Smaller enterprises make do with a mix of off-the-shelf software (e.g., QuickBooks), on-line services, home-grown code, and a lot of old fashioned paper - all of which is difficult to integrate, leading to a lot of manual steps (ever try getting QuickBooks to work with a non-Intuit product or service?). And it's a major undertaking to link systems across organizations - say for a one-time collaborative project. We tend to revert to paper, email, and fax.
Today, it's easy to start a collaborative project - if its a software project and no money changes hands. Just set up an account on SourceForge or GitHub, and maybe arrange for the Apache Software Foundation to act as steward for intellectual property rights. Our goal is to go a step further - creating an ecosystem that supports a broad range of projects, and where money can change hands. We see smart documents providing an framework for linking people and organizations together - defining the information, work, and money flows for a specific project or relationship. But we need more than software. We need a platform that supports fluid contractual and financial relationships among collaborators - a way to manage tasks and funds across a network of individuals and small firms. If you've worked in a matrix managed company, you recognize the idea - starting a new project is as easy as opening a new charge code - essentially a set of books for the project. Funds from sales flow into the charge code. Any authorized person, across all departments, can charge time and expenses to the charge code. We envision opening up the matrix - establishing a cooperative legal and accounting structure that spans organizations. Today, people can join PayPal and move money through it. We envision something similar, with a business-to-business focus, and owned cooperatively by its members - join the cooperative and you can move task and money around.
We also see this framework as a vehicle for engaging service providers to support smart documents - by defining a common API for making services available to projects using smart documents (in the same way that FaceBook provides a platform that lots of other service providers work through). If you provide services to virtual enterprises, we hope to create opportunities for you.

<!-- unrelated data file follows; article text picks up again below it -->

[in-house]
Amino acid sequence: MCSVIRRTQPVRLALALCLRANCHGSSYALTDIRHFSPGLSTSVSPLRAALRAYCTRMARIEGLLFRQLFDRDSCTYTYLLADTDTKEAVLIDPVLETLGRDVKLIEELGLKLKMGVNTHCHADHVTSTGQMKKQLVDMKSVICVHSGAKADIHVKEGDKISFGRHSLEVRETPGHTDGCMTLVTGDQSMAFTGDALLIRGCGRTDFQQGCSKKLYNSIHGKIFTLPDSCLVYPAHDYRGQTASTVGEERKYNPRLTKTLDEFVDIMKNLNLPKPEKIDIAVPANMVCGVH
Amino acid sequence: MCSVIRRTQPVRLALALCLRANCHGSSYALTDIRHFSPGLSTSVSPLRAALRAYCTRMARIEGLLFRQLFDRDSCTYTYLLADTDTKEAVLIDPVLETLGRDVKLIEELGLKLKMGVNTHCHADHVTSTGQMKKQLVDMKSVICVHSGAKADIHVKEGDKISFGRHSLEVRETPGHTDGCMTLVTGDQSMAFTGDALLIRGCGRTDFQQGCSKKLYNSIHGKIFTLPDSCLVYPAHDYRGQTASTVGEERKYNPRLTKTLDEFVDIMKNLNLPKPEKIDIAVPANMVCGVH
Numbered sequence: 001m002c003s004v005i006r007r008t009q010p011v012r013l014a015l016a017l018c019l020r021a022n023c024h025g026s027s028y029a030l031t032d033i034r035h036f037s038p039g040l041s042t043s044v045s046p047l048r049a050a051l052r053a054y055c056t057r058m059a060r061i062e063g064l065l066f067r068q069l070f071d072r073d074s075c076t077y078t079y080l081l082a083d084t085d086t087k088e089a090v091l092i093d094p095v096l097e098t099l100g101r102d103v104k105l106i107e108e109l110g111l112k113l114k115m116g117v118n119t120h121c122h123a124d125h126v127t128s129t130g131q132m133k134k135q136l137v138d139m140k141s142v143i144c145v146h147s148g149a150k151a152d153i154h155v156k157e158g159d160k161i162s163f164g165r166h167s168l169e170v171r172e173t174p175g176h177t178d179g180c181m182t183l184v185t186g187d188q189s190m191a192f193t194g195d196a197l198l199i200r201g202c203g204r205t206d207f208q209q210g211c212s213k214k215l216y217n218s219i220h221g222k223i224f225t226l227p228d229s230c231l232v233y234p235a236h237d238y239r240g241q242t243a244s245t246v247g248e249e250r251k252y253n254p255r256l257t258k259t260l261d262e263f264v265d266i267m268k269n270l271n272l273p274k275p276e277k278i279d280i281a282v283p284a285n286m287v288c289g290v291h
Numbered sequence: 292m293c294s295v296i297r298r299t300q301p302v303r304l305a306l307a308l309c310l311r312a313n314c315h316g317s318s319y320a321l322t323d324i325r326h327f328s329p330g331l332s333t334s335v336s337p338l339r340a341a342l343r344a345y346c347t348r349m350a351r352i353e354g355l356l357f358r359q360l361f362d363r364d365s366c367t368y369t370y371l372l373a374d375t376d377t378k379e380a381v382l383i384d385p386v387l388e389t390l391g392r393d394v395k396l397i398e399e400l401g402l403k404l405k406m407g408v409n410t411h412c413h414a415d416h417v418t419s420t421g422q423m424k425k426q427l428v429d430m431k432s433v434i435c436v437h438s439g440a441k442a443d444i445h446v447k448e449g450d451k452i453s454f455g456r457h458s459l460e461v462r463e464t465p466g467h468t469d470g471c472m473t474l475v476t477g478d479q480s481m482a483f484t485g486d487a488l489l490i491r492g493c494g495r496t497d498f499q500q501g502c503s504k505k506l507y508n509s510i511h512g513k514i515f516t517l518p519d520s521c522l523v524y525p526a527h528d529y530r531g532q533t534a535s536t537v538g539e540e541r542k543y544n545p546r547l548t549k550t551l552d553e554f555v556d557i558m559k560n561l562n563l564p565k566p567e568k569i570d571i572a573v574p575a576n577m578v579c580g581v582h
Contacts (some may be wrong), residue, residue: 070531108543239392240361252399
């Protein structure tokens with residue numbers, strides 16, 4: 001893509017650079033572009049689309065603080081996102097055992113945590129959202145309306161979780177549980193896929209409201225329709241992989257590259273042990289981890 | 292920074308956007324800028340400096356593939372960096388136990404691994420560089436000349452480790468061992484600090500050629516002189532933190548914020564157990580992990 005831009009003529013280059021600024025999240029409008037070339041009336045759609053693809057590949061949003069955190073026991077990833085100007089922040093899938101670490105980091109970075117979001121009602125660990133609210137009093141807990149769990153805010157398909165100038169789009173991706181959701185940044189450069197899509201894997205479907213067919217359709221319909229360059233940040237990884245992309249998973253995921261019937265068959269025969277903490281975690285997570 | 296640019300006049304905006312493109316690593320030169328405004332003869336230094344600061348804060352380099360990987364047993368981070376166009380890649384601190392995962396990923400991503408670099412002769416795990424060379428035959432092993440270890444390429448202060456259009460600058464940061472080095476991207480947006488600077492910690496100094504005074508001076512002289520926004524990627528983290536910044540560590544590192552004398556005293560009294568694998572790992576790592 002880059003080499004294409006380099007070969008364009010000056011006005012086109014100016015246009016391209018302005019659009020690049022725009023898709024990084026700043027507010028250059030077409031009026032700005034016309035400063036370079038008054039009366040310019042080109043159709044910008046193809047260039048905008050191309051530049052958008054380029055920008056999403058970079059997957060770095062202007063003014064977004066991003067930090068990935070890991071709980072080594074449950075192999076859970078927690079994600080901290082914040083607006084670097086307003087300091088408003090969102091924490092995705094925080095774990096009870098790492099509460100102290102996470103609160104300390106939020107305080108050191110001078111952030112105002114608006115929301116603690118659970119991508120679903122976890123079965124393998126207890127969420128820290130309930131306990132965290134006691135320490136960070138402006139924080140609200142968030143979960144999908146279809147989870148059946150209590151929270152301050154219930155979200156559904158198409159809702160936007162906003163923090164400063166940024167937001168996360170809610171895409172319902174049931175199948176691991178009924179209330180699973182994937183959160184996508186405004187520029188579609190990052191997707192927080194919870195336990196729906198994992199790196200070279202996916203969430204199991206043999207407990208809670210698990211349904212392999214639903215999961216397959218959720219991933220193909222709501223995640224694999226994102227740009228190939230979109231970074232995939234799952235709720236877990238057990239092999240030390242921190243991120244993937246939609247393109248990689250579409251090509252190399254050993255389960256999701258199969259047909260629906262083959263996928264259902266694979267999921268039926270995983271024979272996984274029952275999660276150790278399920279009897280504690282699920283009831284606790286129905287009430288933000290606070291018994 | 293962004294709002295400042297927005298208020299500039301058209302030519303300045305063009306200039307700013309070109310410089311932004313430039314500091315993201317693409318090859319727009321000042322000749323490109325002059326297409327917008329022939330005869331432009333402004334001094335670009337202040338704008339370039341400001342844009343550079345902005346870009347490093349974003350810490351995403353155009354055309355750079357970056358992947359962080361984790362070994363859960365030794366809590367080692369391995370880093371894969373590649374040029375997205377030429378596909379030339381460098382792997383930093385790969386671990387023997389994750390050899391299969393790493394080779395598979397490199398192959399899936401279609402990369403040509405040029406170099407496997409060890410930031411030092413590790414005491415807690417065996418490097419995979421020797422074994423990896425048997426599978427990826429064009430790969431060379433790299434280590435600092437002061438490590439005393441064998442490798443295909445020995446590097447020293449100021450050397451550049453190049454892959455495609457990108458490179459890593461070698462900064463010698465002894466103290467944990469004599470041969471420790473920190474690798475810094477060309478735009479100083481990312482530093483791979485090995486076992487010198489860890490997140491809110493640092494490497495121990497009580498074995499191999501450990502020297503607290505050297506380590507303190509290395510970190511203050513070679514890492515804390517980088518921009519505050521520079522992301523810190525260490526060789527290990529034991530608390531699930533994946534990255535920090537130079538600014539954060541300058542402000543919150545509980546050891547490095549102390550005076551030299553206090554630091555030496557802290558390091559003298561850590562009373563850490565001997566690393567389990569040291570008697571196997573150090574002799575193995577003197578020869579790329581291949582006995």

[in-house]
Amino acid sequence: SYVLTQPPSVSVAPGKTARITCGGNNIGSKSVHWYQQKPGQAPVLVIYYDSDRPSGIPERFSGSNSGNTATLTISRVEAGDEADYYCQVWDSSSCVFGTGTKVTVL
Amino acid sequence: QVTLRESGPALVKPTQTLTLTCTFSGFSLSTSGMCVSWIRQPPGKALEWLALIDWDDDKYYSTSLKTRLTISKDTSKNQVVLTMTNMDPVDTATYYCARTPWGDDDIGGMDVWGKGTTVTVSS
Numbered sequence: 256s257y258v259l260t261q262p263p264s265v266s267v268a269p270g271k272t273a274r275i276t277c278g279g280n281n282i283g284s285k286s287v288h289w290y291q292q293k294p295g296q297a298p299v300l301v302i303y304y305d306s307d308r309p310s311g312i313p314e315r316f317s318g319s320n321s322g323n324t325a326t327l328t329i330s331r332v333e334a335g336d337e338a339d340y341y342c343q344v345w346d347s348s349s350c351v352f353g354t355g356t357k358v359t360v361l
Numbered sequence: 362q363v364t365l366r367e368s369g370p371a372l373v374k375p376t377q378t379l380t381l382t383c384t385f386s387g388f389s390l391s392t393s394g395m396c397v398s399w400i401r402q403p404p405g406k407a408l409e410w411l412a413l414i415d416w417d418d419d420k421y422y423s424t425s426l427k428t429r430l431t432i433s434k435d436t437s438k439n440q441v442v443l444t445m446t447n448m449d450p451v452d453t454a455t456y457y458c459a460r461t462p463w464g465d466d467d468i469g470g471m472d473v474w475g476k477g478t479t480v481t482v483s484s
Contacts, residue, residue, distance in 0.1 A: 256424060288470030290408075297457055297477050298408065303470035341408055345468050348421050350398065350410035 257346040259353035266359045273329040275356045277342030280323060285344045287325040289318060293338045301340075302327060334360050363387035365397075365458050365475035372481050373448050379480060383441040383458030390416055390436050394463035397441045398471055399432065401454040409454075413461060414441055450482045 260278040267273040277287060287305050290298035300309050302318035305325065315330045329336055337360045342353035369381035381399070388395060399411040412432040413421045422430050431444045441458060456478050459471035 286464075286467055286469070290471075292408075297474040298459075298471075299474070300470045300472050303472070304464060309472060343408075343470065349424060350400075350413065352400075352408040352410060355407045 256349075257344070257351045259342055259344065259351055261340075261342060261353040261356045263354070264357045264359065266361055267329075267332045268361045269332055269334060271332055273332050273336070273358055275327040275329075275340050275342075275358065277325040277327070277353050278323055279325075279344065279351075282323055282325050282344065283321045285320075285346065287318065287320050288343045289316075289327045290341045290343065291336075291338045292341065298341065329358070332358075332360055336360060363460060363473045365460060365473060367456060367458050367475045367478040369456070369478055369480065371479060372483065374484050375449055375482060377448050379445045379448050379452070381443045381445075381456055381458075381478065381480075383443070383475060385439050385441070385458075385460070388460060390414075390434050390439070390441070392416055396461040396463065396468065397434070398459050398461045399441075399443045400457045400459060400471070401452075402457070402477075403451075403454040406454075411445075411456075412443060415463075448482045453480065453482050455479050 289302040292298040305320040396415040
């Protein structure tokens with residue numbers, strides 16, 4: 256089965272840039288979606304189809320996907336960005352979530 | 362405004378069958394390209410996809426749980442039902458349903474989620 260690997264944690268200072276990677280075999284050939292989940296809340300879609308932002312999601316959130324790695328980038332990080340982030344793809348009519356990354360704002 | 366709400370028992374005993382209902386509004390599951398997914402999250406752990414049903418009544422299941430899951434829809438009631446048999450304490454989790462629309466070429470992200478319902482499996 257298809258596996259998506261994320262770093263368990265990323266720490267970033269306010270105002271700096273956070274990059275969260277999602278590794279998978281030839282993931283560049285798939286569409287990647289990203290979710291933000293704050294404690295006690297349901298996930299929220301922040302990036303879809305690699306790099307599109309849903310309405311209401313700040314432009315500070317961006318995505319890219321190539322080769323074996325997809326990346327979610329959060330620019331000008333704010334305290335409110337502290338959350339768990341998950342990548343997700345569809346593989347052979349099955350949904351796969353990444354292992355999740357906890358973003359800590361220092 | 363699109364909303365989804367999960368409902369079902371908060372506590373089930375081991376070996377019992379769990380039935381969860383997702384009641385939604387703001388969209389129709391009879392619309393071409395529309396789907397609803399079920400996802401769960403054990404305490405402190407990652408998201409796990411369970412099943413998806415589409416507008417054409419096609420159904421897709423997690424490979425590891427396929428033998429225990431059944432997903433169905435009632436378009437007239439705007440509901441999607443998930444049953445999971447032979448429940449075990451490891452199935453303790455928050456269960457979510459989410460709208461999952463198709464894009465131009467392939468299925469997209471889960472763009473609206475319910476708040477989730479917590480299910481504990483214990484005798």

With Your Support: Alpha in December, Release 1.0 by the Spring
Supporters will get access to Alpha and Beta releases, along with identity and crypto credentials. We're particularly looking for a couple of larger sponsors with projects that need a smart document like capability, who have near-term scenarios we can design and test against. (But, please don't let this dissuade anybody from a smaller contribution - remember that Kickstarter is all-or-nothing, if we don't meet our goal, we're back to square one!)
Our goal is a 1.0 release by next Spring - providing two useful templates and their supporting infrastructure.
The concepts emerged from an Air Force project at a previous employer. When my last employer was sold, Peter Schmidt, Art Mellor and I started a small R&D company to pursue the idea, and obtained a small grant from the Army to build a proof-of-concept prototype. We're now beginning to move forward - from military focused prototypes to open source tools that can support a wide range of virtual teams and projects. Along the way, we've begun to collaborate with Tony Garnock-Jones - who was lead developer for the initial releases of RabbitMQ - Tony is working on complimentary technology as he pursues a Doctorate at Northeastern.
Kickstarter funding will allow me to focus full-time on getting a release out the door (developers gotta eat!), cover data center costs, and support legal fees for pulling together a formal governance model and organization.
If we reach our basic goal of $65,000 (and remember that some of this goes to Kickstarter), we'll be able to release two single page templates. The first, BrowserCards, will provide a "blank canvass" that we're modeling after HyperCard. The second will be a who-what-where-when-how_much checklist - a fundamental tool for managing any project - that can become a shopping list, trouble ticket, action item list, meeting agenda, assembly instructions, a construction "punch list," etc. Most of our effort will focus on the underlying libraries for document distribution and inter-communication - building blocks that will support more templates in the future.
We'll host an initial code repository, bug tracking system, community email list, and initial protocol support on our current computing cluster. After the initial release, we'll turn our attention to building a user and development community, and a federation of servers.
We're shooting for an Alpha release in December, Beta in late January, and Release 1.0 in March. As capabilities come on-line we'll "eat our own dogfood" - testing the software as we organize hackathons and a launch party. And we'd be really excited to work on one or two larger scale applications for larger sponsors.
If we receive additional funds, they will allow us to move forward after Release 1 - developing a template editor (write your own templates without coding), a work-flow composer to generate a set of inter-related documents, a multi-page/multi-project notebook (Electronic DayRunner on Steroids), and get moving on the business-to-business cooperative.
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Thank you for your support!
- (33 days)